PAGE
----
Having lived so long, she’s grown a baseball-sized red pearl where a human’s heart would normally be. Part of it sorta just sticks out from her chest. If it’s cracked or broken, she dissolves into red water, a la Evangelion.


Definitely no teeth then. The chest opens to reveal nothing but gums


I got a character concept I wanna post for this area


I’m doing a similar thing in a spelljammer-esque game I’m running. The players are exploring a giant manta ray that flies around interstellar space acting like a ramscoop. Any rocks it happens to eat are digested and then extruded from its back, like spines. These spines are harvested by the settlers that live in a small town on its head. Over the millennia all the remaining tiny bits of not-quite-rock have accrued into an extremely valuable bezoar! And if the party looks close enough a strange alien artifact might have also found its way into the maw of this colossal beast


What the hell I love this game


This thread is a great reminder of how varied experiences can be within the same basic game. Half of you guys seem to be creating new characters/starting new campaigns every other week. Meanwhile I’ve been playing the same character for over nine years now. After all this time he’s finally on the verge of making it to level 9! It could easily be two more years until he reaches level 10 and can finally cast 5th level spells(he’s a 1st edition Illusionist)!

Illusionists, by the way, are my favorite specialist wizard. Especially in their 1st edition incarnation. Their spells allow for both lots of creativity and occasional bouts of feeling totally useless if said creativity is lacking.


Do you take him from campaign to campaign and table to table, original 70’s dnd style, or is this one consistent 9-year game with the same people? Because if the latter, holy crap that’s amazing and also slightly scary for some reason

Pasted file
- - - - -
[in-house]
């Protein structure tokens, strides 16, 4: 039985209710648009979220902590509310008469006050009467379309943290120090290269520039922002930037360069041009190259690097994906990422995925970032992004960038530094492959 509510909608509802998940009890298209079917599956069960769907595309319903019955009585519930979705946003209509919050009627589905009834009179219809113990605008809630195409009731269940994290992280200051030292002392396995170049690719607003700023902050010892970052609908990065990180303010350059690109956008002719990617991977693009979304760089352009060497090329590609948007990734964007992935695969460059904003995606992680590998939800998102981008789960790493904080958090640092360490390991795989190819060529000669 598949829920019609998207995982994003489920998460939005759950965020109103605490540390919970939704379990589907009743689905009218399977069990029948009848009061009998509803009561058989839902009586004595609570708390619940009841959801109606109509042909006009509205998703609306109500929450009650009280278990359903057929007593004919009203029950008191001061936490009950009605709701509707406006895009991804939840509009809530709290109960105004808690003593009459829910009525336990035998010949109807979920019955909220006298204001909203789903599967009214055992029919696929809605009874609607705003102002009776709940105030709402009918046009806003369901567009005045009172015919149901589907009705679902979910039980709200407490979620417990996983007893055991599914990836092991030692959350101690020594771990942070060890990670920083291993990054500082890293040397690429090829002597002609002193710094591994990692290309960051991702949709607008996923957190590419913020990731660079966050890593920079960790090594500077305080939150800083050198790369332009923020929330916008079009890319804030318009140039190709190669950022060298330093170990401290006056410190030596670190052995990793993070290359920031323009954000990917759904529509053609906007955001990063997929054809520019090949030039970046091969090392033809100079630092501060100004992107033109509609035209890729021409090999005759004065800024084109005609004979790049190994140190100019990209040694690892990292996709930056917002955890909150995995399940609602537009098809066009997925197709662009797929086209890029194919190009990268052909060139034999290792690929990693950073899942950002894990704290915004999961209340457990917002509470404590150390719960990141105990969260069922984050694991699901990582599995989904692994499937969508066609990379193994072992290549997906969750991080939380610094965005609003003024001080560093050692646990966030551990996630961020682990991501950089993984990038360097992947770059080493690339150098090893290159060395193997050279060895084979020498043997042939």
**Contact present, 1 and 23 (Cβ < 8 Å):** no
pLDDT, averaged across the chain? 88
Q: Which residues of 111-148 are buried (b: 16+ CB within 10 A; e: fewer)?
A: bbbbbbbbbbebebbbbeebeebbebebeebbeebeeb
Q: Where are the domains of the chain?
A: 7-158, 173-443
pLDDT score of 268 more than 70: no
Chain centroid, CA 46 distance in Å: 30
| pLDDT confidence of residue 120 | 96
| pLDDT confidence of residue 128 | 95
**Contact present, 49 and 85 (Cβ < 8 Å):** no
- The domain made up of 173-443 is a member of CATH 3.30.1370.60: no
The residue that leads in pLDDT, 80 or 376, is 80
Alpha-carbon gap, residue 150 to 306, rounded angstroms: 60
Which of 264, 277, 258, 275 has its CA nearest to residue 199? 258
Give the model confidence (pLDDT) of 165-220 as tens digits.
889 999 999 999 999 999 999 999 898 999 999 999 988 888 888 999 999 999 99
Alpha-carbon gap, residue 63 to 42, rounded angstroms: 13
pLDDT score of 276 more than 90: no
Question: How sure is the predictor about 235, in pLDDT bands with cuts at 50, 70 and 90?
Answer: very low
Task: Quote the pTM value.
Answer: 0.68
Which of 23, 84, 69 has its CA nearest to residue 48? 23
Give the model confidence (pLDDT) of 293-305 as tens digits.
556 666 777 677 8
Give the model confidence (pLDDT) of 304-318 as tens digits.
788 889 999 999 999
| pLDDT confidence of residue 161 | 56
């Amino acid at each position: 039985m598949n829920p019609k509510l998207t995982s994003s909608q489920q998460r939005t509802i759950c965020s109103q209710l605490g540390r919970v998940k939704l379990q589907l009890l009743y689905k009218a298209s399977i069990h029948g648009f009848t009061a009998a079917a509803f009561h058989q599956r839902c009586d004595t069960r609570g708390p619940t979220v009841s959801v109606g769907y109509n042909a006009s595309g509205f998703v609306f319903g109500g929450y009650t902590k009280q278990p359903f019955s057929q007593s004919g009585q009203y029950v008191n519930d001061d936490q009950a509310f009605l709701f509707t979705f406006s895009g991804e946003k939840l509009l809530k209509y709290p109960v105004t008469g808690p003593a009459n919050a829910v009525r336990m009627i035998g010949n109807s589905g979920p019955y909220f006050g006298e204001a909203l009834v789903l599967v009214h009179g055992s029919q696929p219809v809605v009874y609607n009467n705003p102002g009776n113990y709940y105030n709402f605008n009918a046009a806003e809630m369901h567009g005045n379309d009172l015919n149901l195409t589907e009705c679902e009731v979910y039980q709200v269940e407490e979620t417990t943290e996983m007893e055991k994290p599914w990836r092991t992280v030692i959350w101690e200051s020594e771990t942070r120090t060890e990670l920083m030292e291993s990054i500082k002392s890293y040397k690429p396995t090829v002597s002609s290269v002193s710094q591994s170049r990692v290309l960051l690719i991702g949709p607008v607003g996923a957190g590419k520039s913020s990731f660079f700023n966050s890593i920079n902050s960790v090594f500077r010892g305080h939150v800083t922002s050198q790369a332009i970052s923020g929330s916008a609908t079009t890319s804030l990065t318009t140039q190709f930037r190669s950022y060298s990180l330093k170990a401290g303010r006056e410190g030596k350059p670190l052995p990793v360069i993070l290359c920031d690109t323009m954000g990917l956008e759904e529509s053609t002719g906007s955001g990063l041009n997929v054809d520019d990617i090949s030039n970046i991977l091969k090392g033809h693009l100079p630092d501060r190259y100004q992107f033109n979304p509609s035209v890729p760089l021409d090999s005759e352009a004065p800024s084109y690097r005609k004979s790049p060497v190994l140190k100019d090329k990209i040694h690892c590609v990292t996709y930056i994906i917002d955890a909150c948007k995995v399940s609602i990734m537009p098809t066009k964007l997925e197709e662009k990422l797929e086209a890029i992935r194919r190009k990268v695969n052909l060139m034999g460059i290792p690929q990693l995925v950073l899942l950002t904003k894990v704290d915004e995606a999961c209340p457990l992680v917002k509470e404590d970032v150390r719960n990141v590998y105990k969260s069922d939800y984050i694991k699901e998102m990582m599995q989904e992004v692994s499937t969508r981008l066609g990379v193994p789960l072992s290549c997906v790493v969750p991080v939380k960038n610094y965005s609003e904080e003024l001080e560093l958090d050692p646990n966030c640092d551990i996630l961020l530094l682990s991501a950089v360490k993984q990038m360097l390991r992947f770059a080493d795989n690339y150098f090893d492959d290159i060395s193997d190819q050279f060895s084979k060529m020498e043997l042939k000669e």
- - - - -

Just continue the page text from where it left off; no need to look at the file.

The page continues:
It is one campaign with mostly the same people(we’ve had a few changes over the years but 4 of us have been there from the beginning). I feel very fortunate to have found such a reliable DM.

What is almost scary is the fact that I knew none of these people beforehand. I responded to a meetup request for players for a 1st edition game. The likelihood of something like this working out this well has to be pretty low. Most of the other players do run in the same circles though. So I’m the only real ‘rando’ in the group.

Another kinda crazy thing is that I’m the youngest player in the group, and uh, I’m not young.


Well, if you’re playing OG, it’s not that weird. Nostalgia is real.

Anyway congratulations, we in the NoRA crew have been playing together for like 18 months and we are all constantly commenting about how amazing it is that we’re still playing regularly. I think for each of us it is our longest campaign ever, in real time


It for sure is

The games I keep talking about running occur maybe once every other month

Getting 5+ adults to regularly appear in a room simultaneously is very difficult


By most measures, any campaign that lasts more than a few months is a huge success. And a few months playing once a week is a pretty long campaign. My group only plays once a month, so there is that.

I do occasionally think about retiring my current character, but having invested nine years makes it hard to start from ground zero with a new one.


Indeed. Once a month is the most I can do. And you need 6 or so players so that you can have decent odds that at least 4 make it to any given session.